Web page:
Many mechatronics designs rely on a real-time operating system such as ThreadX from Express Logic. This type of small RTOS requires less memory than other operating systems such as Windows, Linux, VxWorks, and QNX, for example. So it suits applications that can take advantage of a low-cost processor and a small amount of memory. But by choosing a smaller memory, designers might conclude they limit the code and applications their system can use. To address this problem, Express Logic can now incorporate “downloadable application modules” in ThreadX. That means a small computer system can dynamically receive additional instructions from local mass storage (SD flash card, USB memory stick, small hard drive, and so on) or via a network. Thus additional or larger applications can still run on a small computer and companies can upload new or revised code without worrying about running out of memory space for the target processor. For details about ThreadX with downloadable modules, please visit: http://rtos.com/products/threadx/downloadable_application_modules.
According to Express Logic, ThreadX modules are collections of application threads, not linked with the ThreadX kernel. Instead, modules are loaded into target memory and use ThreadX kernel services via an interface with a Module Manager. The ThreadX Module Manager–part of the ThreadX kernel–starts a module and handles all module requests for ThreadX application-programming interface (API) services. Although ThreadX has only one copy of the Module Manager, it does not limit the number of modules that can be loaded at the same time, nor does it limit the number of threads in any module. Express Logic licenses ThreadX with Downloadable Modules for a fee that starts at $US 17,500. The license includes full source code and does not require any royalty fee.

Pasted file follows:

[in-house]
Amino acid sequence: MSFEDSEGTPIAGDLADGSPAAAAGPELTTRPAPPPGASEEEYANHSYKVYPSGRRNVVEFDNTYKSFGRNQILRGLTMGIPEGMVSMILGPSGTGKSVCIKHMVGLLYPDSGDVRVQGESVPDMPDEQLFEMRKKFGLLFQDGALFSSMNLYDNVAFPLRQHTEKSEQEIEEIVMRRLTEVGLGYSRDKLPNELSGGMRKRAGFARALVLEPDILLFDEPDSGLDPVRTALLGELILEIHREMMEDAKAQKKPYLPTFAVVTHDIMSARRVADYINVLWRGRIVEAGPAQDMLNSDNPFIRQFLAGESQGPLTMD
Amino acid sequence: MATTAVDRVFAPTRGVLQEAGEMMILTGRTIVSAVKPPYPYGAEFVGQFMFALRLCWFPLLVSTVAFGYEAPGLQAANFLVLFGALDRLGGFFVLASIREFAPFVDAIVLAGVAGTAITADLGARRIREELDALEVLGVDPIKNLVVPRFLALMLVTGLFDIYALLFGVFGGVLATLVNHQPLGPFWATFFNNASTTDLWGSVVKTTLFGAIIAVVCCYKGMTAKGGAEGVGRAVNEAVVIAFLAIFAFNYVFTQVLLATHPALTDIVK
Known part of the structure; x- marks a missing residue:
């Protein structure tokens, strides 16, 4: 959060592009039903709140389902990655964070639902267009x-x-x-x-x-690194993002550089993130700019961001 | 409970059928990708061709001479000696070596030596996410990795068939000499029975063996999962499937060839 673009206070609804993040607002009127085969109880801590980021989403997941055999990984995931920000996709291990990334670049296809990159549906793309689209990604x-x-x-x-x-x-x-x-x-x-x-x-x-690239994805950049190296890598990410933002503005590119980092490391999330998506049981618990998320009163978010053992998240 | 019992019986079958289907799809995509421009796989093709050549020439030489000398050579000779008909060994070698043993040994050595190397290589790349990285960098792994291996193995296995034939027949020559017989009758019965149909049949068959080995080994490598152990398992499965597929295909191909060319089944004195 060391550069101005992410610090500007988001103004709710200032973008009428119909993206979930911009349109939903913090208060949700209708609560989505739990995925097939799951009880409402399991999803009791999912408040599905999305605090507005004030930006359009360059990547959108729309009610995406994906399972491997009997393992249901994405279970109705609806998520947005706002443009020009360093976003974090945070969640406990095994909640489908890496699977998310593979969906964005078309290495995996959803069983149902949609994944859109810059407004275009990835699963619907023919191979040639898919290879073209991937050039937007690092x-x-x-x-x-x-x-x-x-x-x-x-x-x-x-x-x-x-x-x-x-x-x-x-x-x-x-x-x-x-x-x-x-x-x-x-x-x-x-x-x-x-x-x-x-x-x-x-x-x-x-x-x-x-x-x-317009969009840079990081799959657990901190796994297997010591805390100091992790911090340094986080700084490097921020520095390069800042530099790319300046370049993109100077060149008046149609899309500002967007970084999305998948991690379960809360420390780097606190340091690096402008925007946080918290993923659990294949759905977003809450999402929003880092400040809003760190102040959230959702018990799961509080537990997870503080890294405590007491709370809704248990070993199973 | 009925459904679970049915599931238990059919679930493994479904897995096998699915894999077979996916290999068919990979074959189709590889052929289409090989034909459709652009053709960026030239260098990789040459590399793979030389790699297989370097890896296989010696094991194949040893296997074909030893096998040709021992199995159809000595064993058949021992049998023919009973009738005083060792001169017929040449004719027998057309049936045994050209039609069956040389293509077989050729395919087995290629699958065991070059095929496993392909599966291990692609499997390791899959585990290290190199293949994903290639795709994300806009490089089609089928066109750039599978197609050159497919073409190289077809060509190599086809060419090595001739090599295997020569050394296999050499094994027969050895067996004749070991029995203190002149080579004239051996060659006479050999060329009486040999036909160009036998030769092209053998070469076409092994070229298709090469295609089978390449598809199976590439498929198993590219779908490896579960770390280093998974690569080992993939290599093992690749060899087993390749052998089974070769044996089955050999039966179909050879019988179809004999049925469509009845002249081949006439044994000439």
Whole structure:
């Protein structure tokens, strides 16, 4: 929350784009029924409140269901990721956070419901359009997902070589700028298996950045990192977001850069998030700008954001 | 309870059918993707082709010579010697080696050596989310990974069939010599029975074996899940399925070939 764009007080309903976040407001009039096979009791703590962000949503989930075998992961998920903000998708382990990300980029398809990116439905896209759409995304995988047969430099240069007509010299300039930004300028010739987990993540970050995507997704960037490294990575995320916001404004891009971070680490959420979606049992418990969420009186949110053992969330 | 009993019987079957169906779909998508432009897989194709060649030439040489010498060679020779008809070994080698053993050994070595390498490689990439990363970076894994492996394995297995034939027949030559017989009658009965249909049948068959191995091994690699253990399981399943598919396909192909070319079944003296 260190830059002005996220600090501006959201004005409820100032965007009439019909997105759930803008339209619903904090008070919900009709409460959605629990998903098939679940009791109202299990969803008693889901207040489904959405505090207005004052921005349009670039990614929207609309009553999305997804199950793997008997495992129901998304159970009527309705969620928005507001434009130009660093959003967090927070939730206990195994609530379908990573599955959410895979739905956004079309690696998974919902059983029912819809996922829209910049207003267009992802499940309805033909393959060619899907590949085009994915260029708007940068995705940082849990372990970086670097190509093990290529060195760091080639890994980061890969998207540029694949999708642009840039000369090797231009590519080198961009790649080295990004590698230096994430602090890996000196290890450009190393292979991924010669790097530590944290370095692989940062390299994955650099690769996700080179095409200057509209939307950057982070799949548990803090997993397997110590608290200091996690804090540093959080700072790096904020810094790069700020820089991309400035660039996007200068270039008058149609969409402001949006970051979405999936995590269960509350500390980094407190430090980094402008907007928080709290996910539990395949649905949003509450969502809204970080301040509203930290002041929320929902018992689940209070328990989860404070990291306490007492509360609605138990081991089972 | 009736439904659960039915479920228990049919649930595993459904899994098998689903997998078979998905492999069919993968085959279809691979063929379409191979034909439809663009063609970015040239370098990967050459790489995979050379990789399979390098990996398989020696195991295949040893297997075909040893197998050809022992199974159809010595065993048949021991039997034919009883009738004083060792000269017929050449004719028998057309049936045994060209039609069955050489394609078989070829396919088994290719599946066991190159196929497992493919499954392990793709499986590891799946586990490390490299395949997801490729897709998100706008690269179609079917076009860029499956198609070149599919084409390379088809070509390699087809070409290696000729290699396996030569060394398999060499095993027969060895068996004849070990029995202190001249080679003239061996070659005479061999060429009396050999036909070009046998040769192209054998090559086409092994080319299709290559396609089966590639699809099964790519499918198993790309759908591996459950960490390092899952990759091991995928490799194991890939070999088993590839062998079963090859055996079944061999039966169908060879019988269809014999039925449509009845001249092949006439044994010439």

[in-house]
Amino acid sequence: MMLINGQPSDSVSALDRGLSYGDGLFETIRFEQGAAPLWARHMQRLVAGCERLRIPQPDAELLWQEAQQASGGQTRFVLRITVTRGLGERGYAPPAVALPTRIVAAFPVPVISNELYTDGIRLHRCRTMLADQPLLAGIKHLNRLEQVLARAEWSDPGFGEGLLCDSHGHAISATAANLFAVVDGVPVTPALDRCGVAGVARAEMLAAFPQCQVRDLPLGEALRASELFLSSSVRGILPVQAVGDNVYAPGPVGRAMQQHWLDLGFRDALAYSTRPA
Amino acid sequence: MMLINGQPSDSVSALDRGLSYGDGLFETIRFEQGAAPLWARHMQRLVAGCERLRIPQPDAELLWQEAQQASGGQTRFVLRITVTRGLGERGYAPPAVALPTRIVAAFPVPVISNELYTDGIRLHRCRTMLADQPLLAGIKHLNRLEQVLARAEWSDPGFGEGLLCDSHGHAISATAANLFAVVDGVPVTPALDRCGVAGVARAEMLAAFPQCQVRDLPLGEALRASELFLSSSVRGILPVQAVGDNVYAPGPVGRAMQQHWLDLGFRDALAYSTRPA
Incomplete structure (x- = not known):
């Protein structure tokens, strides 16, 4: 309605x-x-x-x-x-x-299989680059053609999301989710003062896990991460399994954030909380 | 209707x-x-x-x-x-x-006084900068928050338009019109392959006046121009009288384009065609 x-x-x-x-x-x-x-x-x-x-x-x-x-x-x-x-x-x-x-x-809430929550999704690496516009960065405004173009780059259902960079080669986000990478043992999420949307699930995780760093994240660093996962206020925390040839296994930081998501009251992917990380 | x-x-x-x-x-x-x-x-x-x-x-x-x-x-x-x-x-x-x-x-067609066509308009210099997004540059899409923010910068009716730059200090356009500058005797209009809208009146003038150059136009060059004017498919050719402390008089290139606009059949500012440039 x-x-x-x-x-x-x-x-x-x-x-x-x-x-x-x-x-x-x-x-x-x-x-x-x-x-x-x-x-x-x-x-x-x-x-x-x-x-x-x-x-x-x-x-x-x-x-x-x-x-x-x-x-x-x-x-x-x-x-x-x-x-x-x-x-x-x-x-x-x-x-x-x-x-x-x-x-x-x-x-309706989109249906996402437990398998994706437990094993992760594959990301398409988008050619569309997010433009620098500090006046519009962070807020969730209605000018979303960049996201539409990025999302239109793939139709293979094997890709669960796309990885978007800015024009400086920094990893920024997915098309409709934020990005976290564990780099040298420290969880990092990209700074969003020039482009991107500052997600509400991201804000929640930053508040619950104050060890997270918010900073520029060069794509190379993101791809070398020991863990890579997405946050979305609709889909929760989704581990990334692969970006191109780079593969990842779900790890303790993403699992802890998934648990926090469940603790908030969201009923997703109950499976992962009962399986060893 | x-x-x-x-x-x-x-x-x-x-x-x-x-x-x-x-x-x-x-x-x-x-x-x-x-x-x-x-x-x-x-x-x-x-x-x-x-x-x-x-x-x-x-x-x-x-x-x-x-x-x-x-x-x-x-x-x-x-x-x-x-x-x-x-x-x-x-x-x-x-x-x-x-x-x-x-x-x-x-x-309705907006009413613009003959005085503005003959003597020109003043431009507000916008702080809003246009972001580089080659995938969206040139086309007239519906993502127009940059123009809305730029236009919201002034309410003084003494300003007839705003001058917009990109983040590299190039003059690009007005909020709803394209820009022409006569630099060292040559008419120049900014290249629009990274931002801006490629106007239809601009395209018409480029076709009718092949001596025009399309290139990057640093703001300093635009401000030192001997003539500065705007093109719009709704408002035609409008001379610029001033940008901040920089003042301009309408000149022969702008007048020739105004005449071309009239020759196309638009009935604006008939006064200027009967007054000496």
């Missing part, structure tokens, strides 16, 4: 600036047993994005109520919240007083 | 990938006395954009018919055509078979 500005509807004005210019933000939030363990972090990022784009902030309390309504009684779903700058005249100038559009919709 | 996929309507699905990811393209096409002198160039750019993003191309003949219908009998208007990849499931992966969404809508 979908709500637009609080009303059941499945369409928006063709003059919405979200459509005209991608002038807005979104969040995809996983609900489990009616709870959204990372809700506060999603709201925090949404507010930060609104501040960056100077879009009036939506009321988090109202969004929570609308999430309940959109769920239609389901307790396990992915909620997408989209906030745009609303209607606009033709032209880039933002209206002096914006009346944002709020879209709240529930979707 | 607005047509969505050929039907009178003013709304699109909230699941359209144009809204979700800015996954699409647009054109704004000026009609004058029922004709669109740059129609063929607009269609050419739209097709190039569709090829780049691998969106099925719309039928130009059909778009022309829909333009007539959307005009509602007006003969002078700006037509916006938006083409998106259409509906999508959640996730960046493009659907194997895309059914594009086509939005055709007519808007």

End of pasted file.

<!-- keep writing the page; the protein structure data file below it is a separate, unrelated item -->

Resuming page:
If you have an existing system going through an upgrade or plan to implement a mechatronics controller with an RTOS, ThreadX deserves a close look. For more information on ThreadX for a wide range of applications, visit: http://rtos.com/products/threadx/. –Jon Titus
Truchard will be presented the award at the 2014 Golden Mousetrap Awards ceremony during the co-located events Pacific Design & Manufacturing, MD&M West, WestPack, PLASTEC West, Electronics West, ATX West, and AeroCon.
Robots that walk have come a long way from simple barebones walking machines or pairs of legs without an upper body and head. Much of the research these days focuses on making more humanoid robots. But they are not all created equal.
The IEEE Computer Society has named the top 10 trends for 2014. You can expect the convergence of cloud computing and mobile devices, advances in health care data and devices, as well as privacy issues in social media to make the headlines. And 3D printing came out of nowhere to make a big splash.
For industrial control applications, or even a simple assembly line, that machine can go almost 24/7 without a break. But what happens when the task is a little more complex? That’s where the “smart” machine would come in. The smart machine is one that has some simple (or complex in some cases) processing capability to be able to adapt to changing conditions. Such machines are suited for a host of applications, including automotive, aerospace, defense, medical, computers and electronics, telecommunications, consumer goods, and so on. This discussion will examine what’s possible with smart machines, and what tradeoffs need to be made to implement such a solution.